Bogs in a changing climate

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Blawhorn Moss NNR and Flanders Moss NNR

As bogs receive all of their water from rainfall then they are very susceptible to a changing climate. Increasing temperatures and different rainfall patterns causes stress to a bog in the following ways:

  1. A loss of species that are only found on bogs and a change in species composition towards more one that are more stress tolerant i.e. like drier conditions.
  2. A lowering of the water table.
  3. Drying of the surface of the bog which allows trees and scrub to spread which then further increase surface drying
  4. Increased greenhouse gas emissions from drying, exposed peat
  5. Increased erosion of dry, exposed peat, which reduced water retention

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The effects of a long dry spell on Flanders are all too obvious this summer as noted in the blog here .

So how do we make Flanders more resilient to the climate change that is happening? What do we need to do to get it to a state that it can withstand these changes and still be home for special wildlife?

That is where our bog restoration work comes in. At Flanders in 1992 there over 40km of ditches and channels across its surface and this was having a considerable effect is speeding up the drying process. Blawhorn also had a considerable number of ditches across its surface.  But now the majority of those ditches have been dammed so bringing the water table to the surface. This restores the surface level of sphagnum which then soaks up any rainfall and helps to keep bog wet during dry spells.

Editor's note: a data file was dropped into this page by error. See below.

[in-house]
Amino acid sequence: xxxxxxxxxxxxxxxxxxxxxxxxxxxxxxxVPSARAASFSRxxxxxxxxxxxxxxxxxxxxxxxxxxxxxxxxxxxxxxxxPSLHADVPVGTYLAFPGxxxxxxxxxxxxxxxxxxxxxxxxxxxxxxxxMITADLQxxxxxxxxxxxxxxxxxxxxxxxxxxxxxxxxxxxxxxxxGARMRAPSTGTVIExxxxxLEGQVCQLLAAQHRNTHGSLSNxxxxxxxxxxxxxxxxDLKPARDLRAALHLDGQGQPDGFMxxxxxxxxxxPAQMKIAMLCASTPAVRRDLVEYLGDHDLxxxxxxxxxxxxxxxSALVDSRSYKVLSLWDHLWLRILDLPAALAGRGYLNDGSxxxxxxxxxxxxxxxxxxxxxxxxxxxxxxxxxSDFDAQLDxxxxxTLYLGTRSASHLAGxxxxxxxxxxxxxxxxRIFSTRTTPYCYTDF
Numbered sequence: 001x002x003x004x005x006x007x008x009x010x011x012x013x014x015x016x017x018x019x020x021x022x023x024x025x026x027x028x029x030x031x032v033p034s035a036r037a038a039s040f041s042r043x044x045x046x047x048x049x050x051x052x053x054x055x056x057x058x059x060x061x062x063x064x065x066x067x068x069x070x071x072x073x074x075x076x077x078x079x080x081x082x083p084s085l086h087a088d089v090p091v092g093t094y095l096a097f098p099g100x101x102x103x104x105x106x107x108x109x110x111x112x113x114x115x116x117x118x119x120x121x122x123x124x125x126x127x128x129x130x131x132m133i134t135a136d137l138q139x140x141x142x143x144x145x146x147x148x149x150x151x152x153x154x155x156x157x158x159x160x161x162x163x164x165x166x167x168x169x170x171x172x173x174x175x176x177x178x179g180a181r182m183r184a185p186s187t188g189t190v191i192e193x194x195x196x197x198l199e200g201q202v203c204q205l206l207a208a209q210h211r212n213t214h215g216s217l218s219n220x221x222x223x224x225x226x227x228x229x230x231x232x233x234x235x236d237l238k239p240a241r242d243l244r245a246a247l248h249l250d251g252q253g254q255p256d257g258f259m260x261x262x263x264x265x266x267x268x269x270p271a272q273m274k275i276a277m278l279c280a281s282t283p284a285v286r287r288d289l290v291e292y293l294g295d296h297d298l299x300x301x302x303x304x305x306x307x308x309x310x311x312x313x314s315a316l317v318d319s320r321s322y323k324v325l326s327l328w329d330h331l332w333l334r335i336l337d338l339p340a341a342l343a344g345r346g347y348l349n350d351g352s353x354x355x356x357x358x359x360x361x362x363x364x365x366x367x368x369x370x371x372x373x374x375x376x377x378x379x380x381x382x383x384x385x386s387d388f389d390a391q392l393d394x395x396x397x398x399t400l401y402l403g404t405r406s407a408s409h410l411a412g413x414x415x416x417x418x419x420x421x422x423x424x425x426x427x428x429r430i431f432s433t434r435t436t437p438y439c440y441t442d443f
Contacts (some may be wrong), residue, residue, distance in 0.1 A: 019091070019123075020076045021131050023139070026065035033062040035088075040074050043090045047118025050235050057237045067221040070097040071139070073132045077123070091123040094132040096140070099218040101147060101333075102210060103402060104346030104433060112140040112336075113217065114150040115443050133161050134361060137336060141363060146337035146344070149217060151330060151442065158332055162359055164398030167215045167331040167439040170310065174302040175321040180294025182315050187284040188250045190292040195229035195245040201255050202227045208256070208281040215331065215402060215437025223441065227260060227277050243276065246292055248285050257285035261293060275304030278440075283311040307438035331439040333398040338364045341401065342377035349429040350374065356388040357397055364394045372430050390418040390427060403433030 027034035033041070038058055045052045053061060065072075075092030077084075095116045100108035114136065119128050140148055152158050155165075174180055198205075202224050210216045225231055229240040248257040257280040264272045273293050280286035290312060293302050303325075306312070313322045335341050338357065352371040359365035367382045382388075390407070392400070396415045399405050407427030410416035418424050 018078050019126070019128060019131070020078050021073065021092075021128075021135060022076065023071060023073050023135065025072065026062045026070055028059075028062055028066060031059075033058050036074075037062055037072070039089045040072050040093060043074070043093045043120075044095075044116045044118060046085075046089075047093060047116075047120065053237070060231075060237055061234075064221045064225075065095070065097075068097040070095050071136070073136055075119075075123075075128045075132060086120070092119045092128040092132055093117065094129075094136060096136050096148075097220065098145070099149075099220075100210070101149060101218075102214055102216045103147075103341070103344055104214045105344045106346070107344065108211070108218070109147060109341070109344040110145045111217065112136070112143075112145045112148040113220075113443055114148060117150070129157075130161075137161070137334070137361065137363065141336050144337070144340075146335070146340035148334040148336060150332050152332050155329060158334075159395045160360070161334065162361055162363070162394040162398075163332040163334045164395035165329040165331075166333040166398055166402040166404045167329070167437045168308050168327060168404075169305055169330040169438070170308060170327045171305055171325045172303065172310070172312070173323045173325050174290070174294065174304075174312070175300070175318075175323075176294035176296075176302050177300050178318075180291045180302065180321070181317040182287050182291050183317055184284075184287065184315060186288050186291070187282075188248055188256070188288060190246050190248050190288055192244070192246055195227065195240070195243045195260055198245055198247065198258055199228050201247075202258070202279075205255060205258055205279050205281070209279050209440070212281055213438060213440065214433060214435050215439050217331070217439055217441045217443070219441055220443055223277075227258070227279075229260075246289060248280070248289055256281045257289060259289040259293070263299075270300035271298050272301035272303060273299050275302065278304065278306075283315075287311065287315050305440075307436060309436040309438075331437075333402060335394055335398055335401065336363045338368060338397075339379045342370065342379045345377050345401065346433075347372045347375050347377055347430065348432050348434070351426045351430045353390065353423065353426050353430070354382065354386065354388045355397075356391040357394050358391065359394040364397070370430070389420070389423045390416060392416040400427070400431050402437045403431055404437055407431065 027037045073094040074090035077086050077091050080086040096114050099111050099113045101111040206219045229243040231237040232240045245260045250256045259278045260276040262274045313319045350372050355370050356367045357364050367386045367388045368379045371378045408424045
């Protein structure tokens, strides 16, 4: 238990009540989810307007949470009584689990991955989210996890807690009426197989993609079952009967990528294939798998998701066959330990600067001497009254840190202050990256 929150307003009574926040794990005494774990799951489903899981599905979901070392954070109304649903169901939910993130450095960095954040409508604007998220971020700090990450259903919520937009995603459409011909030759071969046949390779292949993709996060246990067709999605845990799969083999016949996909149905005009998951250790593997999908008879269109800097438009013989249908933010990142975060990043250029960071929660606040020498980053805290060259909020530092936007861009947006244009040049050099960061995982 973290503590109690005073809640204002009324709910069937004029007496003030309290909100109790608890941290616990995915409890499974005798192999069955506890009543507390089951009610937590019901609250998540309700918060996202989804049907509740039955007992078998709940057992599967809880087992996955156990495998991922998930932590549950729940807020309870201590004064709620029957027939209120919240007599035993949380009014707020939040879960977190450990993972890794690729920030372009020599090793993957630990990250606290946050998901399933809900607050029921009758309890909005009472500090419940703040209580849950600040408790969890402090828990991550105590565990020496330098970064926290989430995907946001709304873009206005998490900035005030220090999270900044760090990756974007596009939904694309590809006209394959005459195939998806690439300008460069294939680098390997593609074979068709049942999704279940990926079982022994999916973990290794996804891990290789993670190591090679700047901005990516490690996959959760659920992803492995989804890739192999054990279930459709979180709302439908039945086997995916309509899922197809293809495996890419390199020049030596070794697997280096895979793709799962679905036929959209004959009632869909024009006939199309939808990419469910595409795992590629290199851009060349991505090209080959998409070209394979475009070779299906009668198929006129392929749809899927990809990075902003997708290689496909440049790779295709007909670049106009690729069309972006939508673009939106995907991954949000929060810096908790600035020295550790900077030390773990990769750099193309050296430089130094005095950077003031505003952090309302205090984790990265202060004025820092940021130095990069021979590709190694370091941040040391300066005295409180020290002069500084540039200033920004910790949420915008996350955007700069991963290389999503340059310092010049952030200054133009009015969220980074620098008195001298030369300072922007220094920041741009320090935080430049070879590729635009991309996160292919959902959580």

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Trees are a problem as not only do they suck water out of the moss but in summer the leaves and branches intercept the rain so preventing it from reaching the bog surface. The removal of trees and scrub from large areas of Flanders has increased the wetness of the bog and low levels of grazing helps to keep the bogs clear of trees.

By revegetating the bog surface with sphagnum the carbon-rich peat is not released to the atmosphere but is locked up, and the process of peat formation can start so storing more carbon.

Dry bogs are vulnerable to damaging wildfires but once rewet there is more moisture in the dead heather, mosses and litter, fire damage will not be so severe and the higher water table increases these bog’s resilience to deep peat burn in future.

One of the encouraging things this summer is that several bog anoraks who get round a lot of bogs have commented on how wet Flanders is around the boardwalk compared to other peatlands. This is really encouraging as it seems that the restoration works are starting to make the special sites more resilient to the changing climate. After all we can do without bogs, they tick so many boxes – here are a few.

  1. An effective carbon ‘sink’ rather than a source (and so mitigating climate change rather than contributing to it).
  2. Slowing the release of rainfall into streams and rivers, reducing the frequency and severity of flooding.
  3. A place to see unique bog-loving wildlife.
  4. An accessible place to go to for recreation (figure 5). With  boardwalks now installed, you can now access the bogs and see the site for yourself.

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